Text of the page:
Extremely sad but inevitable news
Singapore has hanged a prisoner for conspiracy to smuggle one kilogram of cannabis, authorities said, ignoring international protests and concerns that he lacked full access to a lawyer or interpreter.
The United Nations Human Rights Office had called for Singapore to “urgently reconsider” the hanging and British tycoon Richard Branson had urged the city state halt it.
Tangaraju Suppiah, 46, was sentenced to death in 2018 after a judge found he was the owner of a phone number used to coordinate an attempt to traffic the cannabis.
With less than 10 hours to go before his scheduled hanging, his niece and nephew are appealing to the public to continue calling on President Halimah Yacob and the Singapore government to show mercy and stop his execution.#StopTheKilling #SpareTangaraju pic.twitter.com/fKWEaDwbtd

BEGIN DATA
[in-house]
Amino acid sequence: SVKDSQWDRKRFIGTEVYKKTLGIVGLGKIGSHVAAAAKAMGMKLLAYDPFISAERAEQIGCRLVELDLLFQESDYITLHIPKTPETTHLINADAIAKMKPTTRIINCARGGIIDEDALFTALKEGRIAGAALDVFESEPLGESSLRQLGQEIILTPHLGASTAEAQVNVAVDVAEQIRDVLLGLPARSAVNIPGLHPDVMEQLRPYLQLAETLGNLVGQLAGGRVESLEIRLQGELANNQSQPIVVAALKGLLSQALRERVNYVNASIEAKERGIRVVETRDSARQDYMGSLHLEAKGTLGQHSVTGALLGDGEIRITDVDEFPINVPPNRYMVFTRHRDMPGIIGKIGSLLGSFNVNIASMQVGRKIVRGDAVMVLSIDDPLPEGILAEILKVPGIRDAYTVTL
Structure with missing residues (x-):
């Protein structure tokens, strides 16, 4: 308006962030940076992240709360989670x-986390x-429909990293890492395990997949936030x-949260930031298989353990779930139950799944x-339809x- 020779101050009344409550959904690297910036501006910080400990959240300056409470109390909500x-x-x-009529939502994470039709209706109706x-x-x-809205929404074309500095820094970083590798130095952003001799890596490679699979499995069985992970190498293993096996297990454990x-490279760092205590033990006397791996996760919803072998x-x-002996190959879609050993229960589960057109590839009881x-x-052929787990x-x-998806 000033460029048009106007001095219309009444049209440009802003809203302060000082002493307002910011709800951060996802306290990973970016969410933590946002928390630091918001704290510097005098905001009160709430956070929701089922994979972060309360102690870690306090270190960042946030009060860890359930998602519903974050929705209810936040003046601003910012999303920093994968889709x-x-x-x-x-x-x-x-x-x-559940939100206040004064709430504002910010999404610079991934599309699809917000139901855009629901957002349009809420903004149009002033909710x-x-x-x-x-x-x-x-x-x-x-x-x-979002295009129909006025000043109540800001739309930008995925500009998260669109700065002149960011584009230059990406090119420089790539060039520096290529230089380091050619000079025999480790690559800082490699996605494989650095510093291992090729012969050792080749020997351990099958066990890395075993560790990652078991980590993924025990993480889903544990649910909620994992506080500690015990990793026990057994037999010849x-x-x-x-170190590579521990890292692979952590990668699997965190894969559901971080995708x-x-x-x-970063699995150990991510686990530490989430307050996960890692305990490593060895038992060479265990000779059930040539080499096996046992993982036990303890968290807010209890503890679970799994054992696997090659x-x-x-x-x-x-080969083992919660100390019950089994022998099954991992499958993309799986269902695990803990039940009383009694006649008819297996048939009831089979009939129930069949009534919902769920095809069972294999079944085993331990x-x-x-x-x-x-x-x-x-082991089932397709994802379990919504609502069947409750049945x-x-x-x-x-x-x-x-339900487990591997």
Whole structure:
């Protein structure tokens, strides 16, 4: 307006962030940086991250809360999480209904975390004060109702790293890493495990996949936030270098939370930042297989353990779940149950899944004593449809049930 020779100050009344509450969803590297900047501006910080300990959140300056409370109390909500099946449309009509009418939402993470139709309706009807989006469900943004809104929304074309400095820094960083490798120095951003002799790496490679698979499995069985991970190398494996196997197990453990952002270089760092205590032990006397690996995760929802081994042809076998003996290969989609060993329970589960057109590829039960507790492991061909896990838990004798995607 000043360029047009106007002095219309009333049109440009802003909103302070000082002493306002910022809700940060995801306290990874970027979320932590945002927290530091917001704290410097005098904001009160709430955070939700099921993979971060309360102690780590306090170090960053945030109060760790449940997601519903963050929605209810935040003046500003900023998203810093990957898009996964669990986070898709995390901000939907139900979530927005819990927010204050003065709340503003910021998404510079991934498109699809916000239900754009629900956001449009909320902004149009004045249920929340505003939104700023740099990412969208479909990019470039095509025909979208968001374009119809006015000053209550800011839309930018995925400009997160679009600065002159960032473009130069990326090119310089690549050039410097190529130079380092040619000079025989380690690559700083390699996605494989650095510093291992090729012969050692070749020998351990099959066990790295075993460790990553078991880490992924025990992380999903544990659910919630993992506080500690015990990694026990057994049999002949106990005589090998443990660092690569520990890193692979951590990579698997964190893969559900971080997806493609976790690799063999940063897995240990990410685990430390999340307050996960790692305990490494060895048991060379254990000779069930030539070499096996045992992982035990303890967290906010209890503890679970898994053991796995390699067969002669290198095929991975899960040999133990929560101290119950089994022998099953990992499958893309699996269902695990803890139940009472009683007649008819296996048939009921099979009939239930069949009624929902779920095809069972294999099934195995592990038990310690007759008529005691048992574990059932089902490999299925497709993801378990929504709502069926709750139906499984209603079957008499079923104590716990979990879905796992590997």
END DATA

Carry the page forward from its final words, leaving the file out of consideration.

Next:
— Transformative Justice Collective (@tjc_singapore) April 25, 2023
He was executed at Changi prison complex on Wednesday, Singapore Prisons Service told Agence France-Presse.
Campaigners had cited various concerns over the handling of his case, including claims he was questioned by police without legal counsel, and claims made in court that Suppiah, a Tamil speaker, was questioned by police in English without an interpreter.
In November last year, when Tangaraju filed an application for his case to be reviewed after an unsuccessful appeal, he represented himself in court. Activists say he is one of a growing number of death row prisoners doing so, because of difficulties in accessing lawyers.
On Tuesday night, Tangaraju’s family filmed a video appeal, asking the public to continue calling on Singapore’s president, Halimah Yacob, to stop his execution. They would not give up hope, said his niece. “They will kill him at 6am, we’ll keep the hope until 5.55am,” she said. “My uncle is a very good man, he didn’t have education or money but he worked very hard to look after us.”